Use this URL to cite or link to this record in EThOS: http://ethos.bl.uk/OrderDetails.do?uin=uk.bl.ethos.663047
Title: Ocean data assimilation using the temperature-salinity relation and water mass diagnostics
Author: Troccoli, Alberto
Awarding Body: University of Edinburgh
Current Institution: University of Edinburgh
Date of Award: 2000
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Abstract:
In this thesis a novel method for assimilating upper ocean temperature profiles with salinity adjustments into numerical ocean models is presented. The approach uses a T-S relation more local in space and time than the climatological T-S used in previous studies. The assimilation method also avoids convective instability as the temperature data are introduced. In order to test the method, three sets of experiments are carried out. First, Conductivity-Temperature-Depth measurements in the western tropical Pacific, and also instantaneous fields from an ocean model, are used to test the assimilation method by combining one profile with another. These tests recover the salinity profiles and the 0-500-m dynamic height very well (differences smaller than 1 dyn cm). By contrast, analyses using a climatological T-S relation did not provide a good salinity profile or dynamic height (greater than 3 dyn cm errors). Second, a synthetic assimilation experiment using a 3-D primitive equation model is carried out. Four runs are considered: the truth (Tr), the parallel (Pa) and two assimilation runs, one in which the salinity method is applied (AST) and the other in which salinity is left unmodified during the temperature assimilation (ASZ). The only difference between Pa and Tr is that Pa is forced by a wind stress 15% larger than Tr, so as to simulate a systematic observational error. AST and ASZ use the same forcings as Pa. Vertical temperature profiles down to a depth of 525 m are taken as synthetic data from Tr and assimilated every 30 days for two years into AST and ASZ. Results show that AST yields better salinity analyses than both Pa and ASZ, which, in terms of rms errors, translate into at least 15% improvement at the end of the 2-year experiment. In addition to assessing the success of the assimilation method (e.g. using T and S rms), a more physical analysis of the model modifications, due to the assimilation, is presented.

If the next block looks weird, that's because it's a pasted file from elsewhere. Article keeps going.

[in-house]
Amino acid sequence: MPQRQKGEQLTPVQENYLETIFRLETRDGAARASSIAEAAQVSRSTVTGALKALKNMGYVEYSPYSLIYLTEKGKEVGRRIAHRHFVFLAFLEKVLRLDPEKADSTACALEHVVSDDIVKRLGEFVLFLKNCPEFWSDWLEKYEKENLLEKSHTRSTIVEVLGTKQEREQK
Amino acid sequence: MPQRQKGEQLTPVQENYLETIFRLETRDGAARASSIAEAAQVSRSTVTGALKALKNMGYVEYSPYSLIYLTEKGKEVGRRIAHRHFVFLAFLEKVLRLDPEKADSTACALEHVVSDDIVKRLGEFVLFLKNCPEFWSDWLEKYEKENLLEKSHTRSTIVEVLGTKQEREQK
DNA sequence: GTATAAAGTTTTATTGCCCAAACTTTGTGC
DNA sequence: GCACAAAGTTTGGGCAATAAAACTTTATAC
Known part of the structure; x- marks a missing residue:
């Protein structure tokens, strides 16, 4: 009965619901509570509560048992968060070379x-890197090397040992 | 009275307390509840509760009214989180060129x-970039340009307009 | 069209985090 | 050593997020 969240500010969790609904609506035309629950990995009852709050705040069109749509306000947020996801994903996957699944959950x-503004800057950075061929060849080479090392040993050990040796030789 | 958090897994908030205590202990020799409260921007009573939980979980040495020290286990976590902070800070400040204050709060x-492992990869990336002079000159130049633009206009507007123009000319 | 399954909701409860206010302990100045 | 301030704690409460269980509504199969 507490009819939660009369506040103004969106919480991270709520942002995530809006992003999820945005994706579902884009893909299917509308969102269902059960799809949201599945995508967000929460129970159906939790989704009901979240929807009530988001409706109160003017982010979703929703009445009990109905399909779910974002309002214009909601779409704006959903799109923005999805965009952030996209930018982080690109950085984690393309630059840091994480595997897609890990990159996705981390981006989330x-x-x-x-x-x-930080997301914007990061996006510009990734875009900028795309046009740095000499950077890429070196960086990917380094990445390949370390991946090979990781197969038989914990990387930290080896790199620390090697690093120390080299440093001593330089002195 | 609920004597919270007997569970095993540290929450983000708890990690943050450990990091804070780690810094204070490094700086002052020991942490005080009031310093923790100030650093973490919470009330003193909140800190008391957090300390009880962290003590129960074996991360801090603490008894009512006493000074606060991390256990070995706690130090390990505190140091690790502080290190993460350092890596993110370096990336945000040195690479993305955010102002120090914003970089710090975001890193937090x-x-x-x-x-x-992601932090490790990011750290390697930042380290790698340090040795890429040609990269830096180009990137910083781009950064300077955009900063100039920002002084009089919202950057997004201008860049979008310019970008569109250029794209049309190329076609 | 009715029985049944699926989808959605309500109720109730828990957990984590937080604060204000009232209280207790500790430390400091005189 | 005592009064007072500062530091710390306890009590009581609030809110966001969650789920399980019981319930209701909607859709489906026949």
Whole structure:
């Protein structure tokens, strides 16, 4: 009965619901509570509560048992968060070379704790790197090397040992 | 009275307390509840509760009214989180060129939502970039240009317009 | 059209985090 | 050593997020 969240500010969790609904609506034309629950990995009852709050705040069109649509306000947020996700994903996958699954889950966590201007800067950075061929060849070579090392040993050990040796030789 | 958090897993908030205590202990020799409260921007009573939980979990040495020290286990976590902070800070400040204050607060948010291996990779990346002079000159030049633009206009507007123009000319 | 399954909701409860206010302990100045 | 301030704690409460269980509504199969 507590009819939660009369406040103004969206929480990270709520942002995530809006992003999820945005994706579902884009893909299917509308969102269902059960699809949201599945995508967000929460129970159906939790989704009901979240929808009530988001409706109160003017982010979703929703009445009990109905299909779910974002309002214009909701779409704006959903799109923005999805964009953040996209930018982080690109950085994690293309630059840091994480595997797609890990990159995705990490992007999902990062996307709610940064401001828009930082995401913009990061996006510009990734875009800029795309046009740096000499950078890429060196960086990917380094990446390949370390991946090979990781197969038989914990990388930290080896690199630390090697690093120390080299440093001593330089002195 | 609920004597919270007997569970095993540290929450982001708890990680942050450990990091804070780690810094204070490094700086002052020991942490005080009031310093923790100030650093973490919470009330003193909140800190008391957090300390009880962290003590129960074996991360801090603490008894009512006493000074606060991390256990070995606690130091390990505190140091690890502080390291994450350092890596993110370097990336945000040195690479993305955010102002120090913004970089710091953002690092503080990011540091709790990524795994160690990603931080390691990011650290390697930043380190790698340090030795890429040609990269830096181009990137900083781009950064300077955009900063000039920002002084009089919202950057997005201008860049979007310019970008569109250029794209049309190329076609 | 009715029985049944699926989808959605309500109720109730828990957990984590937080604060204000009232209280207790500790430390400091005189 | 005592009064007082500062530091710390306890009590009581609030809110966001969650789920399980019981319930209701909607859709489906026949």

Supervisor: Not available Sponsor: Not available
Qualification Name: Thesis (Ph.D.) Qualification Level: Doctoral
EThOS ID: uk.bl.ethos.663047  DOI: Not available
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